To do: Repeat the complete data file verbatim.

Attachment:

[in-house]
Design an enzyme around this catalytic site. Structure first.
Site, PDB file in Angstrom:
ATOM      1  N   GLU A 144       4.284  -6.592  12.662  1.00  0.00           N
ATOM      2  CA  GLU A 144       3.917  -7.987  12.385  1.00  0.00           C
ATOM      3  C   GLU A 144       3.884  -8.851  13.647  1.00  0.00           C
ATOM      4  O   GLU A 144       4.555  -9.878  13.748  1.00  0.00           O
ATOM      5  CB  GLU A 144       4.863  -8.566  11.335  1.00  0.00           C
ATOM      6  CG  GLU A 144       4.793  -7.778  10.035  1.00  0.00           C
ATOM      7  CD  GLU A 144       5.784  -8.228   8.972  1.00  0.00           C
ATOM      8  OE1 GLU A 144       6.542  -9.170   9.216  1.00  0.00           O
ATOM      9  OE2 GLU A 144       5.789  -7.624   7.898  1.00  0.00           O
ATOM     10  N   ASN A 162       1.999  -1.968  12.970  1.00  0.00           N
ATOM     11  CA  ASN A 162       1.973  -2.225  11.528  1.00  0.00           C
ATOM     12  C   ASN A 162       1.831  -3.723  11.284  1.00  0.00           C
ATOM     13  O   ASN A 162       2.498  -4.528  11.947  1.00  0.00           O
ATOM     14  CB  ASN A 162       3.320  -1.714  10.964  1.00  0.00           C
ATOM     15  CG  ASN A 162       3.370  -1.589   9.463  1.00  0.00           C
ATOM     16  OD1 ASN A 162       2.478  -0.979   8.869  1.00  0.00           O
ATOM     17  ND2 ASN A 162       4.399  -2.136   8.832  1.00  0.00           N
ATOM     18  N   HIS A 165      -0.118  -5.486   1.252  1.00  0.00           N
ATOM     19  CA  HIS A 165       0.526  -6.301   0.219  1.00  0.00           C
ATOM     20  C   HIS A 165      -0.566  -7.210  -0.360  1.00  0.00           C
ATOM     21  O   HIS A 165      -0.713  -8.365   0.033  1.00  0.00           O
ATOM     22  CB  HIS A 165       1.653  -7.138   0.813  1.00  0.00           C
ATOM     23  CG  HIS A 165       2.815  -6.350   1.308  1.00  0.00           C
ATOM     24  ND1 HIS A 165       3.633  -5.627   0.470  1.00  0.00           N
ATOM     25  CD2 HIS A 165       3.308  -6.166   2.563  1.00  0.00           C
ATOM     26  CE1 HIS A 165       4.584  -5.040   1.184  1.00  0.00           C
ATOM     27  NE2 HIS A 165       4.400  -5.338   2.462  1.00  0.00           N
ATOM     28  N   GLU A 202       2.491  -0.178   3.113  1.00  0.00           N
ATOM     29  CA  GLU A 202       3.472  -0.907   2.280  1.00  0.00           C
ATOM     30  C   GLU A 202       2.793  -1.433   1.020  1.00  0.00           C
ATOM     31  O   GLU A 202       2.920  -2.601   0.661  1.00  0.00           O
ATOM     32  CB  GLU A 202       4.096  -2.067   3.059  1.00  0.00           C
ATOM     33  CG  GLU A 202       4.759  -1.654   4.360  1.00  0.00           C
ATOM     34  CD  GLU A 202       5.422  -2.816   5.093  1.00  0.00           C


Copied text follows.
[in-house]
Design an enzyme around this catalytic site. Structure first.
Site, PDB file in Angstrom:
ATOM      1  N   GLU A 144       4.284  -6.592  12.662  1.00  0.00           N
ATOM      2  CA  GLU A 144       3.917  -7.987  12.385  1.00  0.00           C
ATOM      3  C   GLU A 144       3.884  -8.851  13.647  1.00  0.00           C
ATOM      4  O   GLU A 144       4.555  -9.878  13.748  1.00  0.00           O
ATOM      5  CB  GLU A 144       4.863  -8.566  11.335  1.00  0.00           C
ATOM      6  CG  GLU A 144       4.793  -7.778  10.035  1.00  0.00           C
ATOM      7  CD  GLU A 144       5.784  -8.228   8.972  1.00  0.00           C
ATOM      8  OE1 GLU A 144       6.542  -9.170   9.216  1.00  0.00           O
ATOM      9  OE2 GLU A 144       5.789  -7.624   7.898  1.00  0.00           O
ATOM     10  N   ASN A 162       1.999  -1.968  12.970  1.00  0.00           N
ATOM     11  CA  ASN A 162       1.973  -2.225  11.528  1.00  0.00           C
ATOM     12  C   ASN A 162       1.831  -3.723  11.284  1.00  0.00           C
ATOM     13  O   ASN A 162       2.498  -4.528  11.947  1.00  0.00           O
ATOM     14  CB  ASN A 162       3.320  -1.714  10.964  1.00  0.00           C
ATOM     15  CG  ASN A 162       3.370  -1.589   9.463  1.00  0.00           C
ATOM     16  OD1 ASN A 162       2.478  -0.979   8.869  1.00  0.00           O
ATOM     17  ND2 ASN A 162       4.399  -2.136   8.832  1.00  0.00           N
ATOM     18  N   HIS A 165      -0.118  -5.486   1.252  1.00  0.00           N
ATOM     19  CA  HIS A 165       0.526  -6.301   0.219  1.00  0.00           C
ATOM     20  C   HIS A 165      -0.566  -7.210  -0.360  1.00  0.00           C
ATOM     21  O   HIS A 165      -0.713  -8.365   0.033  1.00  0.00           O
ATOM     22  CB  HIS A 165       1.653  -7.138   0.813  1.00  0.00           C
ATOM     23  CG  HIS A 165       2.815  -6.350   1.308  1.00  0.00           C
ATOM     24  ND1 HIS A 165       3.633  -5.627   0.470  1.00  0.00           N
ATOM     25  CD2 HIS A 165       3.308  -6.166   2.563  1.00  0.00           C
ATOM     26  CE1 HIS A 165       4.584  -5.040   1.184  1.00  0.00           C
ATOM     27  NE2 HIS A 165       4.400  -5.338   2.462  1.00  0.00           N
ATOM     28  N   GLU A 202       2.491  -0.178   3.113  1.00  0.00           N
ATOM     29  CA  GLU A 202       3.472  -0.907   2.280  1.00  0.00           C
ATOM     30  C   GLU A 202       2.793  -1.433   1.020  1.00  0.00           C
ATOM     31  O   GLU A 202       2.920  -2.601   0.661  1.00  0.00           O
ATOM     32  CB  GLU A 202       4.096  -2.067   3.059  1.00  0.00           C
ATOM     33  CG  GLU A 202       4.759  -1.654   4.360  1.00  0.00           C
ATOM     34  CD  GLU A 202       5.422  -2.816   5.093  1.00  0.00           C